Talk:Lemieux 2011 Int J Biochem Cell Biol

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Human heart failure: mtDNA versus CS and PGC-1a pathway

We have recently published 2 articles which are focused on mtDNA changes in heart failure. In our first publication, we reported disproportional decrease of mtDNA content compared to citrate synthase activity in end stage human heart failure. In our more recent publication, we showed that mtDNA is decreased in the stage of cardiac hypertrophy without significant changes in citrate synthase activity in humans. The references are listed below. Regards

Georgios (9 November 2011)

Georgios Karamanlidis, PhD Acting Instructor Mitochondrial and Metabolism Center University of Washington 815 Mercer Street Room N130 Mailbox# 358057 Seattle, WA 98109 Tel: (206) 543 8207 email: georgios@u.washington.edu

  • Karamanlidis G, Bautista-Hernandez V, Fynn-Thompson F, Del Nido P, Tian R (2011) Impaired mitochondrial biogenesis precedes heart failure in right ventricular hypertrophy in congenital heart disease. Circ. Heart Fail. Aug 2011. In press.
  • Karamanlidis G, Nascimben L, Couper GS, Shekar PS, del Monte F, Tian R (2010) Defective DNA replication impairs mitochondrial biogenesis in human failing hearts. Circ. Res. 106: 1541-1548.

Dear Georgios: Thank you for posting the two publications on heart failure and mtDNA versus CS activity. Your findings are of interest in relation to Lemieux 2011 IJBCB. Best regards Erich (10 November 2011)


Dear Erich Thanks a lot for your post. This is an interesting paper to us. In our study unfortunately we were unable to obtain fresh donor samples so we could not assess mitochondrial respiratory capacity. But putting together your paper with ours it connects and complement each other nicely. I wondered whether you looked at the PGC-1a pathway? We see down-regulation of the PGC-1a pathway in a mouse model of heart failure but not in humans. Thanks Georgios (10 November 2011)

From the anonymous IJBCB referee's comments

  • Reviewer #1: "The manuscript by Lemieux and colleagues offers interesting insight into the bioenergetics of early phases of heart failure."
  • Reviewer #2: "This is a beautifully written work, replete with well-designed experiments and, within the space limitations, a nice review of the pertinent literature. The demonstration of impaired mitochondrial fatty acid oxidation in early stages of human failure is very important, as is the demonstration of defects in the phosphorylation system and Complex I-linked respiration."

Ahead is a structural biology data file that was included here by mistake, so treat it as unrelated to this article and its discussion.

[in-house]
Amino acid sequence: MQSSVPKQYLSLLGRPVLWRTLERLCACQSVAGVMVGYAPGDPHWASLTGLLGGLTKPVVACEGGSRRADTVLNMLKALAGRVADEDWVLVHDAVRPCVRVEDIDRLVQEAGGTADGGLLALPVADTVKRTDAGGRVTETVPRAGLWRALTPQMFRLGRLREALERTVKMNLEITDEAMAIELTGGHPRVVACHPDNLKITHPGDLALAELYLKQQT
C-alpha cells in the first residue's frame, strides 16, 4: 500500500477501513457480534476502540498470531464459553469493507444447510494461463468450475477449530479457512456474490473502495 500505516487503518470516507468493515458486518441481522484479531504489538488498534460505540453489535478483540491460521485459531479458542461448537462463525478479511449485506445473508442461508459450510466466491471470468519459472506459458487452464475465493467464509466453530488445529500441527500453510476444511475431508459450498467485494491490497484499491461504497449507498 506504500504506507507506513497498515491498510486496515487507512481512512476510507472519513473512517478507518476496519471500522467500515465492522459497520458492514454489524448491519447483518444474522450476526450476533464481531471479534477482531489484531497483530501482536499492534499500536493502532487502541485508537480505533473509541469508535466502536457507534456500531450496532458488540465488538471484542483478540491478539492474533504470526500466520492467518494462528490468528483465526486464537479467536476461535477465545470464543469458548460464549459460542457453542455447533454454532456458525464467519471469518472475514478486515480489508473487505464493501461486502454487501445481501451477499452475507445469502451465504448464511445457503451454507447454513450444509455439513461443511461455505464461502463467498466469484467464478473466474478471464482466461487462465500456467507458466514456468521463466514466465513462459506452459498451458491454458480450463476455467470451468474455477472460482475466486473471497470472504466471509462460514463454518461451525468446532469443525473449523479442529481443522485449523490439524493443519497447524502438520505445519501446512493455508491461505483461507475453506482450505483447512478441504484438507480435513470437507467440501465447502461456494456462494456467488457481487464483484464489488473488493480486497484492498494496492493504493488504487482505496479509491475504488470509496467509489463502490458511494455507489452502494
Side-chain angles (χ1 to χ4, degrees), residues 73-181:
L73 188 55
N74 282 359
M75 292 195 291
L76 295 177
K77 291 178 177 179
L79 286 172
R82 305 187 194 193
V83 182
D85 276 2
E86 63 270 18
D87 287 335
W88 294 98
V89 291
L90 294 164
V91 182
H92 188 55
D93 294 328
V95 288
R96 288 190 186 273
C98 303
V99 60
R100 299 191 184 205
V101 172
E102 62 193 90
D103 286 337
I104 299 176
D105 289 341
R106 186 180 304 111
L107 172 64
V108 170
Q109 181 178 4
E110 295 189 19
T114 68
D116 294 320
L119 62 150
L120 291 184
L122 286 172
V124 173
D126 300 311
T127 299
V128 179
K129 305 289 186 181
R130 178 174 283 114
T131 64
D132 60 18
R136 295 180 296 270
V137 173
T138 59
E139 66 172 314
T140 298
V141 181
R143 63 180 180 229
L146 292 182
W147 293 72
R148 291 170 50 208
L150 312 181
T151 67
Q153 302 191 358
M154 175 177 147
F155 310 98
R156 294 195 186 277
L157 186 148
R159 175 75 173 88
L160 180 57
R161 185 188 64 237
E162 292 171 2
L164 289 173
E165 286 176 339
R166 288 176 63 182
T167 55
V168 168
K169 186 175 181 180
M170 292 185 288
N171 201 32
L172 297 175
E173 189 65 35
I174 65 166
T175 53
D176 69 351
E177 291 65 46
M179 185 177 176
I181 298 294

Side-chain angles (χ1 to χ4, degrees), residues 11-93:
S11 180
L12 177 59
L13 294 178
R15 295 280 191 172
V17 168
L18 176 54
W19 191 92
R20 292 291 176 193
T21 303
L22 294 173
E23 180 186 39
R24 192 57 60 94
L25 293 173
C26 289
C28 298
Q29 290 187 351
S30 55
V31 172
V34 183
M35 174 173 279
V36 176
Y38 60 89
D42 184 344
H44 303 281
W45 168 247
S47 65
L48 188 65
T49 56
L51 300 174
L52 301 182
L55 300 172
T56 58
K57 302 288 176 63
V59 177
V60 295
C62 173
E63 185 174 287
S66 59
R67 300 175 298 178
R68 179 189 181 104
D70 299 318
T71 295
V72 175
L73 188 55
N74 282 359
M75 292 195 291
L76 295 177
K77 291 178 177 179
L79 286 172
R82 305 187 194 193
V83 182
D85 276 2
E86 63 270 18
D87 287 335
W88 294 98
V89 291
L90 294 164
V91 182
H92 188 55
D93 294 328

• Reviewer #3: "The manuscript belongs literally to the symphony of bioenergetics and have mastered on a maximum thorough and detailed level a priority study of human heart disease bioenergetics in an intermediate state of heart disease, which was done only scarcely in medical sciences and for this orthodox approach this work deserves a high attention. It elegantly describes detailed oxidative phosphorylation parameters in heart disease compared to the control human heart. Using high-resolution respirometry of permeabilized human heart muscle fibres authors progressively describe distinct aspect of measured data in logical steps to present important differences of diminished mitochondrial function during heart failure. Using elegant protocols developed for years, authors distinguish between phosphorylating (OXPHOS) and non-phosphorylating (ETS) conditions with both complex I and II input using physiological substrates of glucose and lipid oxidation. With presented protocols, authors are able to provide conclusions regarding, e.g., complex I impairment, phosphorylation system limitation (3.2) mitochondrial content (3.3), leak respiration involvement, etc., besides OXPHOS and ETS capacities. Authors use their own terminology describing respiratory states. It would be useful to explain briefly their terminology also in terms of the canonical state 2 - 4 terminology. In spite of this, the methodology approach and presented data are well explained."